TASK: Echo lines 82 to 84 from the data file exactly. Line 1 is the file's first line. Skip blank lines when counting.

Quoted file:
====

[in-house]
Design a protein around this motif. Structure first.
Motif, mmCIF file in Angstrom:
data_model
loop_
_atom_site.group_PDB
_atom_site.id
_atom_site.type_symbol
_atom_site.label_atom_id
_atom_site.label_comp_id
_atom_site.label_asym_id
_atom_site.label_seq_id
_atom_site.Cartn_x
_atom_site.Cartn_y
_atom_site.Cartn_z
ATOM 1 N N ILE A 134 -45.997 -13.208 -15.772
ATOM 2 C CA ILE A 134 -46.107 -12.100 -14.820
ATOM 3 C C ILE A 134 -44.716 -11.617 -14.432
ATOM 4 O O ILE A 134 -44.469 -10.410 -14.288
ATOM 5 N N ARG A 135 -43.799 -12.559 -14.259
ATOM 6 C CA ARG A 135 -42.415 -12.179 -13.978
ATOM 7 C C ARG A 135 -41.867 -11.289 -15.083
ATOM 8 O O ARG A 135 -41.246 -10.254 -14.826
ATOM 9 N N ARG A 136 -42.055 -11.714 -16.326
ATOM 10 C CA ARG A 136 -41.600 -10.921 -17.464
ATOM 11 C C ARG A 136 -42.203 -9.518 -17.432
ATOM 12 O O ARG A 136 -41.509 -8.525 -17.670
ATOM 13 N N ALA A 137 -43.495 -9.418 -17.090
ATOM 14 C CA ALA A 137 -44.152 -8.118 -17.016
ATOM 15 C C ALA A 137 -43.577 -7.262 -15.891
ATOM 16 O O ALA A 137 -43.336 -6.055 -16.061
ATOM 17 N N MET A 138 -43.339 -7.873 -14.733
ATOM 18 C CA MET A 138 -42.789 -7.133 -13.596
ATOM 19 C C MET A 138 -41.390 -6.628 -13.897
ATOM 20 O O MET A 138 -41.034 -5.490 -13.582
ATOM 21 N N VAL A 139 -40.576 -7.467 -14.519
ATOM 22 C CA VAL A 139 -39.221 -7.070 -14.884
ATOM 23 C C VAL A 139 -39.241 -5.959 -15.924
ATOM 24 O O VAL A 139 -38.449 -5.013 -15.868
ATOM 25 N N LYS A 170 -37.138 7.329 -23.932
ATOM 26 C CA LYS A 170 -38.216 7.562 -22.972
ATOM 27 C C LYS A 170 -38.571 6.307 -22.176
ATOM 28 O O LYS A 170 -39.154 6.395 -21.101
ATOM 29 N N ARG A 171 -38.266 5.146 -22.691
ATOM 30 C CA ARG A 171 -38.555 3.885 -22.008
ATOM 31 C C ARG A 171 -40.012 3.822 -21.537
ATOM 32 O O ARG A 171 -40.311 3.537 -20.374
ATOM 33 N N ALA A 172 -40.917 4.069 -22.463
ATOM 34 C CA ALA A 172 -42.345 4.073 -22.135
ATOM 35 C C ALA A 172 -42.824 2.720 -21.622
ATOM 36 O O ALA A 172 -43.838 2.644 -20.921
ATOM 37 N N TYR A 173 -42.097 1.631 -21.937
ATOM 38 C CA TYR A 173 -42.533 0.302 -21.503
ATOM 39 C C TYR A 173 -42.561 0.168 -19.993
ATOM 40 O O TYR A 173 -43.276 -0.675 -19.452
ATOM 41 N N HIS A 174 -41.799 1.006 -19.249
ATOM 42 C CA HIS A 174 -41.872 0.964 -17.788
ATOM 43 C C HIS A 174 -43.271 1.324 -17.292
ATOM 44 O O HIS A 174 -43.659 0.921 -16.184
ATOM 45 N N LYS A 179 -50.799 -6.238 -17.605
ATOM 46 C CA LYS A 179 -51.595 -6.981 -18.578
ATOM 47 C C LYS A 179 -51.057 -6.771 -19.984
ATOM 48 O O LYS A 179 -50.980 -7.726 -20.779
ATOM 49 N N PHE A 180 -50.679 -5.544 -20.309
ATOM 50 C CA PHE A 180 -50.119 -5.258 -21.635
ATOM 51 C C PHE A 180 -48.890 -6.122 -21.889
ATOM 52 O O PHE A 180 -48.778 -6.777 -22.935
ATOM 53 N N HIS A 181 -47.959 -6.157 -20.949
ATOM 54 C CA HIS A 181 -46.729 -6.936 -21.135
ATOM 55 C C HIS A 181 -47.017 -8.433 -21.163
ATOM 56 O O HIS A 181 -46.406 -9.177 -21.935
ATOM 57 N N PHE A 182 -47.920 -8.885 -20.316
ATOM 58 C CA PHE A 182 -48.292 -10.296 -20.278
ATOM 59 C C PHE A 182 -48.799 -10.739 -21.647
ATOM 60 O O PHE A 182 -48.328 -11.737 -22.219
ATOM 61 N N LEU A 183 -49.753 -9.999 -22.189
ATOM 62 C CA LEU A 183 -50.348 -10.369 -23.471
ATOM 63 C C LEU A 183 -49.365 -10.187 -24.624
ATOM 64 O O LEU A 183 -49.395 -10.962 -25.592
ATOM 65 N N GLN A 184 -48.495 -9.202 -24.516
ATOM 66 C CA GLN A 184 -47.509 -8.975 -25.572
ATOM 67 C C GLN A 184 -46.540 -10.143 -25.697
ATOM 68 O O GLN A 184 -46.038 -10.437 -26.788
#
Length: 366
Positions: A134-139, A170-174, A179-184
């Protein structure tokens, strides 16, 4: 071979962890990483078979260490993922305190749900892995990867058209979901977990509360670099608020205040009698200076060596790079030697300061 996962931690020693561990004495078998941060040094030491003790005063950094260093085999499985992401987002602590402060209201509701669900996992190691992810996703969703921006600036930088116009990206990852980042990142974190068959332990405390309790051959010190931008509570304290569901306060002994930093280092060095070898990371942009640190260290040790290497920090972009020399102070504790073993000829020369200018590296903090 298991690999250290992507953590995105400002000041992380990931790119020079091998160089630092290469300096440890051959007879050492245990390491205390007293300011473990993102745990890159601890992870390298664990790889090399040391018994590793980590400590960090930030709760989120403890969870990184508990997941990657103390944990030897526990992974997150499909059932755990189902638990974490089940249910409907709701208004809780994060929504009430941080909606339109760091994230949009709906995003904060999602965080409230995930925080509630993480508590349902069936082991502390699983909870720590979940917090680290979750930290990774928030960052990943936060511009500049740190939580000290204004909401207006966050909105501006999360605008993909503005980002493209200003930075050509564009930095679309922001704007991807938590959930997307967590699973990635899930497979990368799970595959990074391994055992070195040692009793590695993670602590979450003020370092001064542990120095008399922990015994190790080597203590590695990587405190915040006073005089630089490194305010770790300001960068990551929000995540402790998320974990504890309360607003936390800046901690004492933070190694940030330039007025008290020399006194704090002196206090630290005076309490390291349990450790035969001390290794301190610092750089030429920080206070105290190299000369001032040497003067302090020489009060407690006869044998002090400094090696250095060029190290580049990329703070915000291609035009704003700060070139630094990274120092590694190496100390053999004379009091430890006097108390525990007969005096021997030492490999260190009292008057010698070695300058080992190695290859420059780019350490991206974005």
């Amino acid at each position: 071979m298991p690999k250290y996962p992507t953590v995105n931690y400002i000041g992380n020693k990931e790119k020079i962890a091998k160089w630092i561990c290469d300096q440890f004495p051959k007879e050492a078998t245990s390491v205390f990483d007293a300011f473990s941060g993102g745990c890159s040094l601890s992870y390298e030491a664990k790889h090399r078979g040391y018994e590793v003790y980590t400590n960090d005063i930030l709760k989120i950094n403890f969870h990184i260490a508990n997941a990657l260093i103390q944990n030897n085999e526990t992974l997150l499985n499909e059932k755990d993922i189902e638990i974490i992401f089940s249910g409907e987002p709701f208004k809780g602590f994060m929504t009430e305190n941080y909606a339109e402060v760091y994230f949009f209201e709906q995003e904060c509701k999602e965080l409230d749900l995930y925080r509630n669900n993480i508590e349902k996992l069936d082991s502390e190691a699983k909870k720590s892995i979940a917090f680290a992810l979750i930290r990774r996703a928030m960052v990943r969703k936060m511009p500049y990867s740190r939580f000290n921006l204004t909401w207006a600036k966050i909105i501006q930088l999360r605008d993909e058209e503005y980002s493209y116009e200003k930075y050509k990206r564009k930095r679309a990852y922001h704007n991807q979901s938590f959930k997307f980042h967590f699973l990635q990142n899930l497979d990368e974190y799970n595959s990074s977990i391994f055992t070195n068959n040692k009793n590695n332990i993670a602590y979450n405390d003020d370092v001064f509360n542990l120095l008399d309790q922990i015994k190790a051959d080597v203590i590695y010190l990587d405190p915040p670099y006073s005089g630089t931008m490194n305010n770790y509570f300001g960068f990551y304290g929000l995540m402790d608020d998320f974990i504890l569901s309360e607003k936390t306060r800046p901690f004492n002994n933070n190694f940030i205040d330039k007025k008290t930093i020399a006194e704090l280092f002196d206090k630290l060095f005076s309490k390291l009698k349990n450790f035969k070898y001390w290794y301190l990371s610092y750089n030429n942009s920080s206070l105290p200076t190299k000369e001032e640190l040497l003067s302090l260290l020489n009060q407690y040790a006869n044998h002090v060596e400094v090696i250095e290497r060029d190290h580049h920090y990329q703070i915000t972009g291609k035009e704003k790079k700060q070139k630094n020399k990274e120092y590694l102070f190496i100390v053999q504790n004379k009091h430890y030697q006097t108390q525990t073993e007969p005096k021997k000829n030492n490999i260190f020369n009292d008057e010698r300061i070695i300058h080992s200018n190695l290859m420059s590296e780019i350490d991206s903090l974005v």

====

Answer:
ATOM 67 C C GLN A 184 -46.540 -10.143 -25.697
ATOM 68 O O GLN A 184 -46.038 -10.437 -26.788
#